And then, there is sound, a Vertu hallmark right from the start. "We worked with Bang and Olufsen on the sound system," said Hutch, picking up a few pieces from his components box. "You see, at the base of the phone there are two stereo loudspeakers, one on each side. They provide the best possible sound, considering the small amount of space available. There is an additional component that brings back the low frequencies that tend to get lost with such small speakers." He played the trailer for Skyfall, and the crystal-sharp images on the sapphire screen were complemented by the sound quality, satisfyingly audible even in the room packed with a thousand conversations.
"In addition, we have always had a keen interest in ringtones. The Sandpiper ring tone runs right back to our origins, and it has remained a favourite. The Ti has some London Symphony Orchestra versions, and Andrea Griminelli's beautiful solo flute performance. In a quiet environment you can even hear the man breathing."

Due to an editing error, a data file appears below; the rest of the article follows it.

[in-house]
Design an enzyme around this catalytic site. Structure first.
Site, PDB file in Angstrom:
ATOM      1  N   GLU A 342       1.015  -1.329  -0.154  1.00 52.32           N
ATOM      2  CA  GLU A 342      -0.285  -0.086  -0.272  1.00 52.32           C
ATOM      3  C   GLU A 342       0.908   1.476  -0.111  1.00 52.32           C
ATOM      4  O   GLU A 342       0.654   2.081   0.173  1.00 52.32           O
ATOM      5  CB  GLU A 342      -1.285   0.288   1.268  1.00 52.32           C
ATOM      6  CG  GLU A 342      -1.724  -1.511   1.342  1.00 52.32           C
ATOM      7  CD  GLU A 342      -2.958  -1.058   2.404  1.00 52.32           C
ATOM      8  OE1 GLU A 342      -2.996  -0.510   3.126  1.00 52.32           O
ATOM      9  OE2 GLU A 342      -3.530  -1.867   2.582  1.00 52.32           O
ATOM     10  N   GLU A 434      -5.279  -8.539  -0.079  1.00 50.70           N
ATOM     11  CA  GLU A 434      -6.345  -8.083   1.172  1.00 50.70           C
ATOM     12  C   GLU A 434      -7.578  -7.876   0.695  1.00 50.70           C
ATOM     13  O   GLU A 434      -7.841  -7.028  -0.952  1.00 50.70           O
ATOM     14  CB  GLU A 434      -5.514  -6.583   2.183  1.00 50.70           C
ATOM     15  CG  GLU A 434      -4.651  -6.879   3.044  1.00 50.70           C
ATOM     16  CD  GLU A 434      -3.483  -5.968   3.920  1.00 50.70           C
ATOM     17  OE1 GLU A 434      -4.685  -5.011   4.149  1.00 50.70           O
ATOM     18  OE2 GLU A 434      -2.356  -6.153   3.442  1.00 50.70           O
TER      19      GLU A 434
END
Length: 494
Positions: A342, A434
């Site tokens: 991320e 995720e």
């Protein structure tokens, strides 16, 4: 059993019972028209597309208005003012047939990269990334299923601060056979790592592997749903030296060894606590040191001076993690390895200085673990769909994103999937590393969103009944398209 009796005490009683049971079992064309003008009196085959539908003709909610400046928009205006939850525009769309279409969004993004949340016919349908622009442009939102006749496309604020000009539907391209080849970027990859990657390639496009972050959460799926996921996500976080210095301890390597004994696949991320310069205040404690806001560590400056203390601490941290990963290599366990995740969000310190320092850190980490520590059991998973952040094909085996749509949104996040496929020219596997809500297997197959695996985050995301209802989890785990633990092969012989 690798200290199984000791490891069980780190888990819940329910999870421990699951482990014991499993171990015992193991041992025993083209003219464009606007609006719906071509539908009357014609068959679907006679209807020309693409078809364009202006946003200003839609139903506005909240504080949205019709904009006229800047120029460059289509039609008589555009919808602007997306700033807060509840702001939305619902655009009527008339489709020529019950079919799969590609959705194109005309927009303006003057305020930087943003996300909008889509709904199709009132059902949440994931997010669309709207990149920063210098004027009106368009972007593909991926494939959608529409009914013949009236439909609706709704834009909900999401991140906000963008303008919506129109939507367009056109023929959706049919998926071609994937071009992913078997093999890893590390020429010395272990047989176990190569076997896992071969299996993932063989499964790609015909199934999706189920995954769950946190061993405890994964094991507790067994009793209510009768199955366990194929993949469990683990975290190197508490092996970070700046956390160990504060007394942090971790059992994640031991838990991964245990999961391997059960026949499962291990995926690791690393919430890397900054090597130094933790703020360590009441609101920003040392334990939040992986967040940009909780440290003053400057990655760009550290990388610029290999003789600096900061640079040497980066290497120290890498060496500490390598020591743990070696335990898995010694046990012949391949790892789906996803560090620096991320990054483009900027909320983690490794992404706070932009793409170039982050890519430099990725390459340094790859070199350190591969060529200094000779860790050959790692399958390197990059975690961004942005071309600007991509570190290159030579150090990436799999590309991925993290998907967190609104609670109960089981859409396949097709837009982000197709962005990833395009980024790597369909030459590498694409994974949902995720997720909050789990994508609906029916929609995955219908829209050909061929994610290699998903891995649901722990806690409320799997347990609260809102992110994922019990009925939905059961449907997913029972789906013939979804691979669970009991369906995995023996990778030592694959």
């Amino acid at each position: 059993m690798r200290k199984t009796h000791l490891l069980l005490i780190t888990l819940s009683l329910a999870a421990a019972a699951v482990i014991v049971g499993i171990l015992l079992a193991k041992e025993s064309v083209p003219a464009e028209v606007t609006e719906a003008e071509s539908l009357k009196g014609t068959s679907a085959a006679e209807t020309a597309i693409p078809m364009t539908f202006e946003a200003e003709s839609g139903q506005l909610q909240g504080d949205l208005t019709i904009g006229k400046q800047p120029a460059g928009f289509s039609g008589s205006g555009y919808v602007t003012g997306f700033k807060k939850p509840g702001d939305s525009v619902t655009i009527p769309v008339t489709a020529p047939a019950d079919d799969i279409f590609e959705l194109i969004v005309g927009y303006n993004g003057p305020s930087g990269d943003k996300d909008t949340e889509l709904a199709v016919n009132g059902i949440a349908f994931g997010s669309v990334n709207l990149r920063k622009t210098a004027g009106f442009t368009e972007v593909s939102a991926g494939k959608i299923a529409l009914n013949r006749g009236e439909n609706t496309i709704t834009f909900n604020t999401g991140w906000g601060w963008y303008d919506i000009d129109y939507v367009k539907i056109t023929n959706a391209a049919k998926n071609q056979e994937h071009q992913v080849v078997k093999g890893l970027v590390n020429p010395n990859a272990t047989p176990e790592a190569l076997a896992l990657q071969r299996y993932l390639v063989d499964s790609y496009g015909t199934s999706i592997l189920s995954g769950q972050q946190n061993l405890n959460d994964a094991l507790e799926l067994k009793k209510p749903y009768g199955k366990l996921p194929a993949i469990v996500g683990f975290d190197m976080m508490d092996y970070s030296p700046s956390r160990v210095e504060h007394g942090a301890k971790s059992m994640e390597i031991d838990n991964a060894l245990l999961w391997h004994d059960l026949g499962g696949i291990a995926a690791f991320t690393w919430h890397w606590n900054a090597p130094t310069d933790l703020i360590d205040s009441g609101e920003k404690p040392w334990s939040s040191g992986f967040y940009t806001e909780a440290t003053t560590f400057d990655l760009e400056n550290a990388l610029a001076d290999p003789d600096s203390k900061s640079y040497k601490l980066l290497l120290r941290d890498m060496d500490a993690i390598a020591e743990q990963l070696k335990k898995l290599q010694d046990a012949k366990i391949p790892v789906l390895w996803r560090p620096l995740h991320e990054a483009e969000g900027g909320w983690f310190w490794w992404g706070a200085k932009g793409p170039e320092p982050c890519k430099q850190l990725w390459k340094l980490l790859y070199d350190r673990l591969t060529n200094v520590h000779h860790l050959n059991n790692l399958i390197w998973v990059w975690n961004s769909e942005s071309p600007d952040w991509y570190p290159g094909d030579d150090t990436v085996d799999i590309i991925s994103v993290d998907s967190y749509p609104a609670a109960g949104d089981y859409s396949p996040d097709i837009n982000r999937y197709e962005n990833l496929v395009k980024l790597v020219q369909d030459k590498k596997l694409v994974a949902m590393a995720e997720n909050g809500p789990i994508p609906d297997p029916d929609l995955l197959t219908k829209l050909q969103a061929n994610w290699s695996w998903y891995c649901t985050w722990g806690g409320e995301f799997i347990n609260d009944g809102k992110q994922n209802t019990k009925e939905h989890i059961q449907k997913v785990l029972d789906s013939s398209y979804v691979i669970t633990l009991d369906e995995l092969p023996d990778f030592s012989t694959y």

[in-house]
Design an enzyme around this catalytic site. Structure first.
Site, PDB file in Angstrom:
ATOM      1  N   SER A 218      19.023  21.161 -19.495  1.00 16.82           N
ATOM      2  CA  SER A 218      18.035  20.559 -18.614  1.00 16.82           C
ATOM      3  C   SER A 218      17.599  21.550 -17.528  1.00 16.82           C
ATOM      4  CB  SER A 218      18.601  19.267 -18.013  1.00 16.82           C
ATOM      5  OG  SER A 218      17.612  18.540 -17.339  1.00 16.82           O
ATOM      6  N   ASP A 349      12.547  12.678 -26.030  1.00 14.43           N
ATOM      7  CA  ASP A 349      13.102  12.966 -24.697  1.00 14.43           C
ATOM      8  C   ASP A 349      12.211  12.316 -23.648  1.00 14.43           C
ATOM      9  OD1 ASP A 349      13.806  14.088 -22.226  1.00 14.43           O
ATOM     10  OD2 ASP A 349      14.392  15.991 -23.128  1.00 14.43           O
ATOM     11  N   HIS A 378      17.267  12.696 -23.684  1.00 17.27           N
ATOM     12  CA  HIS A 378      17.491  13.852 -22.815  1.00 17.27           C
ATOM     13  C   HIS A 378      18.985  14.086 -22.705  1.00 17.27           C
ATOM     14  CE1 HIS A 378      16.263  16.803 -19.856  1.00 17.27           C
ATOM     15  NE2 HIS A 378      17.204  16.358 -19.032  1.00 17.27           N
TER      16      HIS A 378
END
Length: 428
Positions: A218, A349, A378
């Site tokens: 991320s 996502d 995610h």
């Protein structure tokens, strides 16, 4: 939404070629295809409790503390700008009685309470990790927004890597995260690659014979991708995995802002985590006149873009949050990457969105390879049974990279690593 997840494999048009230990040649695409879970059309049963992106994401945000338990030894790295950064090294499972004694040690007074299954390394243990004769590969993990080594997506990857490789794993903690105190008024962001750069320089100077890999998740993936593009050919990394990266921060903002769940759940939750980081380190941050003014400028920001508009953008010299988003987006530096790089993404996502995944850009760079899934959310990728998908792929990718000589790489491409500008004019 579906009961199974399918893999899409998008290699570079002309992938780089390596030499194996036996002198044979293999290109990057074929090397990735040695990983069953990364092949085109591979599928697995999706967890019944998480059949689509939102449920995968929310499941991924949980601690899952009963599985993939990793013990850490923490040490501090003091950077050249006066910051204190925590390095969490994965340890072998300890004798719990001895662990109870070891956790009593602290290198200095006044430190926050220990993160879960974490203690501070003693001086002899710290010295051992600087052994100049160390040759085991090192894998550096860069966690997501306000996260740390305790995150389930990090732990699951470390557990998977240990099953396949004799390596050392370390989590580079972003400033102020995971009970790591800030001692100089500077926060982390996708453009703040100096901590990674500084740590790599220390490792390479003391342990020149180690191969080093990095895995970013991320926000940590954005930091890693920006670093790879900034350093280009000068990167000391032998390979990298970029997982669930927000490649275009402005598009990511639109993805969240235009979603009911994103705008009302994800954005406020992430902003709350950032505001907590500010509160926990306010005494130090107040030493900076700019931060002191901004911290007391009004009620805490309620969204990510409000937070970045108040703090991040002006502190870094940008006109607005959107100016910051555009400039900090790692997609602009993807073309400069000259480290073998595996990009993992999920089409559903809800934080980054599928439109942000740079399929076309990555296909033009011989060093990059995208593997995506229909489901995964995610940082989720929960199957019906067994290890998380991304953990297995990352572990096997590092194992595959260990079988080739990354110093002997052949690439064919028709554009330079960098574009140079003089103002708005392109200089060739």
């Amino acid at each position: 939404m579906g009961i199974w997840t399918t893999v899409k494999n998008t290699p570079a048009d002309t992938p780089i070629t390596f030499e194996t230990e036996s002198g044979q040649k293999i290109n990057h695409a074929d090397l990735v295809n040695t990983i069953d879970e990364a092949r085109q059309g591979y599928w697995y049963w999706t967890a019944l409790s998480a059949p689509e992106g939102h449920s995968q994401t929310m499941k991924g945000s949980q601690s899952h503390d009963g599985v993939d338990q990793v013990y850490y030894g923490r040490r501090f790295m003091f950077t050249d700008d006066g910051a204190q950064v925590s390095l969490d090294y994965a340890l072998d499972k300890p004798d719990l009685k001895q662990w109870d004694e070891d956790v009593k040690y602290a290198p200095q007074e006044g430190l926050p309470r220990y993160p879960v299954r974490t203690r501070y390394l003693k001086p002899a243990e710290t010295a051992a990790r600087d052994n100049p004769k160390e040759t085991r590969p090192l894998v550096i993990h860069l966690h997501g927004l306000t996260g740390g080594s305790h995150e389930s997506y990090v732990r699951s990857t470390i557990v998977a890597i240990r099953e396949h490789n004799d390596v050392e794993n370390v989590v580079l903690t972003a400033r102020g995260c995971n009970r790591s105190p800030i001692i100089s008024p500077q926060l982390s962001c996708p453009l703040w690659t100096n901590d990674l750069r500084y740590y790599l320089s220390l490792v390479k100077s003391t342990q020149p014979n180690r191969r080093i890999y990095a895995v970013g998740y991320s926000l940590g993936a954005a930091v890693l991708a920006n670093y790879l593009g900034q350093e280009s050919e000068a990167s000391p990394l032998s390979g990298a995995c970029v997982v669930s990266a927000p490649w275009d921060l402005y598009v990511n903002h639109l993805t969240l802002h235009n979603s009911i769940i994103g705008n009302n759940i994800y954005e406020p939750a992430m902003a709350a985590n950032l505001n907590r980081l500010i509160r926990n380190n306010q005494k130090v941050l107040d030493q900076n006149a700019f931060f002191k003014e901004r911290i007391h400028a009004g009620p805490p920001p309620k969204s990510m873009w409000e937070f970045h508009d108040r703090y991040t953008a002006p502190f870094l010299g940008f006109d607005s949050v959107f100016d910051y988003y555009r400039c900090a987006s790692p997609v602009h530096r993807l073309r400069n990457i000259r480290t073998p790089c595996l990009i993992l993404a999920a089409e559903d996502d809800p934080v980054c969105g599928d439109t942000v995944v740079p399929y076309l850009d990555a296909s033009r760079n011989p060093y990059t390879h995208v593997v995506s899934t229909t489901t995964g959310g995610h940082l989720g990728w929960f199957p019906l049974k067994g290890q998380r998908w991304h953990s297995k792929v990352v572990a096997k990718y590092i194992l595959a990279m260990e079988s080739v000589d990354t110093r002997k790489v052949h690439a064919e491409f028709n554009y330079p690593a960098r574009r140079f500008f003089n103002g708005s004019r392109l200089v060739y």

"But there's one thing that I would like to point out," said Hutch. "On the outside of the phone, there is another microphone here, that picks up the background noise around you – such as all these people talking."
"Huh?" I said, puzzled as to why anyone should want to record background noise. He explained.
"When you're talking on the phone, the software inside compares the audio signal of your voice with the background noise picked up by the second microphone. Then it cancels the background noise, so that the person at the other end only hears your voice without all the rest."
And that, ladies and gentlemen, is when I decided that the Vertu Ti is a really smart phone.
Photos from the Milan Vertu Ti launch: exterior of the boutique in Via Montenapoleone:
Below, Matteo Ceccarini:
Perry Oosting and Guglielmo Miani:
Watch the video below: